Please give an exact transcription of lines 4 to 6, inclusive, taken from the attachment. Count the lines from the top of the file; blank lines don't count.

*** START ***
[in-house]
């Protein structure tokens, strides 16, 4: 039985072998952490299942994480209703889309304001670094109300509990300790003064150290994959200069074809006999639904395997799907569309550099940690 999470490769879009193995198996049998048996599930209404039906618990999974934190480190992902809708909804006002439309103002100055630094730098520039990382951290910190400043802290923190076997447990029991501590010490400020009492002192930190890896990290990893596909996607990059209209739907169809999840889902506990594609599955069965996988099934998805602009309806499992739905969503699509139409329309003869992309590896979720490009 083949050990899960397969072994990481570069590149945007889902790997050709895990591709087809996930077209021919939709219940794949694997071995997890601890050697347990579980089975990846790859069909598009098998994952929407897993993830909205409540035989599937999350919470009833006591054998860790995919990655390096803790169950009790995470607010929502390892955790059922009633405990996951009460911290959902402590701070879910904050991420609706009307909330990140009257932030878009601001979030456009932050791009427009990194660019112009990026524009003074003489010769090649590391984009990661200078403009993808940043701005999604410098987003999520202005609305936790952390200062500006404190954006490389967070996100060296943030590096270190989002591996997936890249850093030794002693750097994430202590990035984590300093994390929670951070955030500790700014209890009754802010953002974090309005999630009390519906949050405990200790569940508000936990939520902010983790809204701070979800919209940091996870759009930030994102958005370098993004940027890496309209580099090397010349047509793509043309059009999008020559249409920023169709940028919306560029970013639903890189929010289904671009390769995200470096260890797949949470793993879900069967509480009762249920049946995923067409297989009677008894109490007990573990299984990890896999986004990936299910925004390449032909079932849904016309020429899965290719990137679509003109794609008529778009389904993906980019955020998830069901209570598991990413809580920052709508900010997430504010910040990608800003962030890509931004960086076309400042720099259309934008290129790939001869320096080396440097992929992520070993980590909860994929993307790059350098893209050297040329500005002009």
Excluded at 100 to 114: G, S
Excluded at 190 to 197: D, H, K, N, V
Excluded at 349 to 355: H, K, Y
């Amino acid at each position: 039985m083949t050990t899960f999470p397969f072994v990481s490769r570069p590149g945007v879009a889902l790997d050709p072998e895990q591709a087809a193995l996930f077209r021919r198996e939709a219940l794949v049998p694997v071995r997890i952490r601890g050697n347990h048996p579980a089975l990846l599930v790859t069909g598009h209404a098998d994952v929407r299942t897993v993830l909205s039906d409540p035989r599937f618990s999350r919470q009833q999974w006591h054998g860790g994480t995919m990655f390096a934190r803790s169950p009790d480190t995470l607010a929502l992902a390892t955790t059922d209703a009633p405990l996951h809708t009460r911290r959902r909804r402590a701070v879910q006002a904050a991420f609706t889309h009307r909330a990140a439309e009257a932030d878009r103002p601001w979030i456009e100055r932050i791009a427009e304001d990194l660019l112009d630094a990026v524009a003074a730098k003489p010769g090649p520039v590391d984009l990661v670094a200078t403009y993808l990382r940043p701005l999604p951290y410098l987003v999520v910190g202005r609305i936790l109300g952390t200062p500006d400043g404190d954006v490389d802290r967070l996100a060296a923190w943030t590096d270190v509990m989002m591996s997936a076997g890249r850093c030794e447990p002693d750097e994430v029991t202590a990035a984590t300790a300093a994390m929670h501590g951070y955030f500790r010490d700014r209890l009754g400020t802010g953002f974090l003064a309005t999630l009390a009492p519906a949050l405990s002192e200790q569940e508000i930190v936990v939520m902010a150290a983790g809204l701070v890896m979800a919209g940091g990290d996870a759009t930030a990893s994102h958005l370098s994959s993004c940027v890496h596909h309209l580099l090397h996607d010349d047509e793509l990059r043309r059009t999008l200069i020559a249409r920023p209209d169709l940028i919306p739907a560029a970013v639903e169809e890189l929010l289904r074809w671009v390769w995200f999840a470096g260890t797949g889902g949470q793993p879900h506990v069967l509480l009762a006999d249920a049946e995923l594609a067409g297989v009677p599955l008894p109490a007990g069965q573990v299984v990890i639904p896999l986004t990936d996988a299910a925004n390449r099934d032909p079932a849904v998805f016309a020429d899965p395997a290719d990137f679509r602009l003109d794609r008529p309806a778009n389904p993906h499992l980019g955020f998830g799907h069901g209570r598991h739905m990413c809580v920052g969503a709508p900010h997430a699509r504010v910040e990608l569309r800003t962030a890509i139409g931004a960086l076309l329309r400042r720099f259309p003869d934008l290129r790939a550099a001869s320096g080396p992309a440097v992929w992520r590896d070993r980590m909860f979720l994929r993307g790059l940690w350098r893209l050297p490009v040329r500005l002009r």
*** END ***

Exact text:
Excluded at 190 to 197: D, H, K, N, V
Excluded at 349 to 355: H, K, Y
């Amino acid at each position: 039985m083949t050990t899960f999470p397969f072994v990481s490769r570069p590149g945007v879009a889902l790997d050709p072998e895990q591709a087809a193995l996930f077209r021919r198996e939709a219940l794949v049998p694997v071995r997890i952490r601890g050697n347990h048996p579980a089975l990846l599930v790859t069909g598009h209404a098998d994952v929407r299942t897993v993830l909205s039906d409540p035989r599937f618990s999350r919470q009833q999974w006591h054998g860790g994480t995919m990655f390096a934190r803790s169950p009790d480190t995470l607010a929502l992902a390892t955790t059922d209703a009633p405990l996951h809708t009460r911290r959902r909804r402590a701070v879910q006002a904050a991420f609706t889309h009307r909330a990140a439309e009257a932030d878009r103002p601001w979030i456009e100055r932050i791009a427009e304001d990194l660019l112009d630094a990026v524009a003074a730098k003489p010769g090649p520039v590391d984009l990661v670094a200078t403009y993808l990382r940043p701005l999604p951290y410098l987003v999520v910190g202005r609305i936790l109300g952390t200062p500006d400043g404190d954006v490389d802290r967070l996100a060296a923190w943030t590096d270190v509990m989002m591996s997936a076997g890249r850093c030794e447990p002693d750097e994430v029991t202590a990035a984590t300790a300093a994390m929670h501590g951070y955030f500790r010490d700014r209890l009754g400020t802010g953002f974090l003064a309005t999630l009390a009492p519906a949050l405990s002192e200790q569940e508000i930190v936990v939520m902010a150290a983790g809204l701070v890896m979800a919209g940091g990290d996870a759009t930030a990893s994102h958005l370098s994959s993004c940027v890496h596909h309209l580099l090397h996607d010349d047509e793509l990059r043309r059009t999008l200069i020559a249409r920023p209209d169709l940028i919306p739907a560029a970013v639903e169809e890189l929010l289904r074809w671009v390769w995200f999840a470096g260890t797949g889902g949470q793993p879900h506990v069967l509480l009762a006999d249920a049946e995923l594609a067409g297989v009677p599955l008894p109490a007990g069965q573990v299984v990890i639904p896999l986004t990936d996988a299910a925004n390449r099934d032909p079932a849904v998805f016309a020429d899965p395997a290719d990137f679509r602009l003109d794609r008529p309806a778009n389904p993906h499992l980019g955020f998830g799907h069901g209570r598991h739905m990413c809580v920052g969503a709508p900010h997430a699509r504010v910040e990608l569309r800003t962030a890509i139409g931004a960086l076309l329309r400042r720099f259309p003869d934008l290129r790939a550099a001869s320096g080396p992309a440097v992929w992520r590896d070993r980590m909860f979720l994929r993307g790059l940690w350098r893209l050297p490009v040329r500005l002009r």